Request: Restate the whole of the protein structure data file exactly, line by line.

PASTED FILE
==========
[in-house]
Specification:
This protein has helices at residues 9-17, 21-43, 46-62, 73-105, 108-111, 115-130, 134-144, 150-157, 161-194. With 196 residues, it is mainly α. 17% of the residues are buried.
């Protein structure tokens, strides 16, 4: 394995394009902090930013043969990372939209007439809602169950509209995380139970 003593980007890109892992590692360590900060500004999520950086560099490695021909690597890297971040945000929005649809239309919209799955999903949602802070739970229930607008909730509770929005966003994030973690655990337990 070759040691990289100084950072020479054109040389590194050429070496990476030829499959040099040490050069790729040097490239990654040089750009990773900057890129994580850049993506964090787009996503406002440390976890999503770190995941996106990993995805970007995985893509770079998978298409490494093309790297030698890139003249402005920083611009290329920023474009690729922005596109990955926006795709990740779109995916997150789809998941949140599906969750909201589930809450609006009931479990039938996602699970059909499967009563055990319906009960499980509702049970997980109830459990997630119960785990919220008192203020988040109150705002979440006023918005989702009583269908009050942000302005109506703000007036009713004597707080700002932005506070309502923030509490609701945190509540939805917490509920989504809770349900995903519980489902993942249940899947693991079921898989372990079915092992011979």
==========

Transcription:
[in-house]
Specification:
This protein has helices at residues 9-17, 21-43, 46-62, 73-105, 108-111, 115-130, 134-144, 150-157, 161-194. With 196 residues, it is mainly α. 17% of the residues are buried.
């Protein structure tokens, strides 16, 4: 394995394009902090930013043969990372939209007439809602169950509209995380139970 003593980007890109892992590692360590900060500004999520950086560099490695021909690597890297971040945000929005649809239309919209799955999903949602802070739970229930607008909730509770929005966003994030973690655990337990 070759040691990289100084950072020479054109040389590194050429070496990476030829499959040099040490050069790729040097490239990654040089750009990773900057890129994580850049993506964090787009996503406002440390976890999503770190995941996106990993995805970007995985893509770079998978298409490494093309790297030698890139003249402005920083611009290329920023474009690729922005596109990955926006795709990740779109995916997150789809998941949140599906969750909201589930809450609006009931479990039938996602699970059909499967009563055990319906009960499980509702049970997980109830459990997630119960785990919220008192203020988040109150705002979440006023918005989702009583269908009050942000302005109506703000007036009713004597707080700002932005506070309502923030509490609701945190509540939805917490509920989504809770349900995903519980489902993942249940899947693991079921898989372990079915092992011979």